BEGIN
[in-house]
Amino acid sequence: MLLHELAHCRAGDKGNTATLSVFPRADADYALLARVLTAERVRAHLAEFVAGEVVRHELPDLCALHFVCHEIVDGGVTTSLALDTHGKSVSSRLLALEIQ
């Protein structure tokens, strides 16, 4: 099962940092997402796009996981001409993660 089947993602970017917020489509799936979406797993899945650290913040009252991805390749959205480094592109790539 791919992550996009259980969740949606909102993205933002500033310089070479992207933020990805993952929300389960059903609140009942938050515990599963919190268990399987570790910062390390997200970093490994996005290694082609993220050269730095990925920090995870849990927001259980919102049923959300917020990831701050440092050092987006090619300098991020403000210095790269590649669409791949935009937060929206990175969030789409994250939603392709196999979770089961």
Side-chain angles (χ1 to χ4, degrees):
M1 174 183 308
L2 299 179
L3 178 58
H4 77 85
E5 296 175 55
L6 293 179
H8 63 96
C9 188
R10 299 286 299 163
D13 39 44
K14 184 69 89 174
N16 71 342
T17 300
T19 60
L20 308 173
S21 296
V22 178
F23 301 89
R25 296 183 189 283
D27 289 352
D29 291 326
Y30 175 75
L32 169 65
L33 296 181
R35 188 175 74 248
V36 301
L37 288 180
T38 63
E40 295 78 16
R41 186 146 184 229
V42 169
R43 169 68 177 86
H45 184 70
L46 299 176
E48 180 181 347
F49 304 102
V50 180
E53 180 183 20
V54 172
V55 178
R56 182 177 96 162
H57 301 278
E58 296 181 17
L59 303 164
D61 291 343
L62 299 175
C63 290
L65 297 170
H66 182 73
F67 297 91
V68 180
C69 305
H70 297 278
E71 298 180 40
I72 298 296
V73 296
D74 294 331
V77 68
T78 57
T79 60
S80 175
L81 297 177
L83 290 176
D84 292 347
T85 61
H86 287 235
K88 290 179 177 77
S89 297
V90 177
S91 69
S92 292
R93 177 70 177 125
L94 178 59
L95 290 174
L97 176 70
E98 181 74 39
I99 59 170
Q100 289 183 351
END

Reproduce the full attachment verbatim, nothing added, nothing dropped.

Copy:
[in-house]
Amino acid sequence: MLLHELAHCRAGDKGNTATLSVFPRADADYALLARVLTAERVRAHLAEFVAGEVVRHELPDLCALHFVCHEIVDGGVTTSLALDTHGKSVSSRLLALEIQ
């Protein structure tokens, strides 16, 4: 099962940092997402796009996981001409993660 089947993602970017917020489509799936979406797993899945650290913040009252991805390749959205480094592109790539 791919992550996009259980969740949606909102993205933002500033310089070479992207933020990805993952929300389960059903609140009942938050515990599963919190268990399987570790910062390390997200970093490994996005290694082609993220050269730095990925920090995870849990927001259980919102049923959300917020990831701050440092050092987006090619300098991020403000210095790269590649669409791949935009937060929206990175969030789409994250939603392709196999979770089961």
Side-chain angles (χ1 to χ4, degrees):
M1 174 183 308
L2 299 179
L3 178 58
H4 77 85
E5 296 175 55
L6 293 179
H8 63 96
C9 188
R10 299 286 299 163
D13 39 44
K14 184 69 89 174
N16 71 342
T17 300
T19 60
L20 308 173
S21 296
V22 178
F23 301 89
R25 296 183 189 283
D27 289 352
D29 291 326
Y30 175 75
L32 169 65
L33 296 181
R35 188 175 74 248
V36 301
L37 288 180
T38 63
E40 295 78 16
R41 186 146 184 229
V42 169
R43 169 68 177 86
H45 184 70
L46 299 176
E48 180 181 347
F49 304 102
V50 180
E53 180 183 20
V54 172
V55 178
R56 182 177 96 162
H57 301 278
E58 296 181 17
L59 303 164
D61 291 343
L62 299 175
C63 290
L65 297 170
H66 182 73
F67 297 91
V68 180
C69 305
H70 297 278
E71 298 180 40
I72 298 296
V73 296
D74 294 331
V77 68
T78 57
T79 60
S80 175
L81 297 177
L83 290 176
D84 292 347
T85 61
H86 287 235
K88 290 179 177 77
S89 297
V90 177
S91 69
S92 292
R93 177 70 177 125
L94 178 59
L95 290 174
L97 176 70
E98 181 74 39
I99 59 170
Q100 289 183 351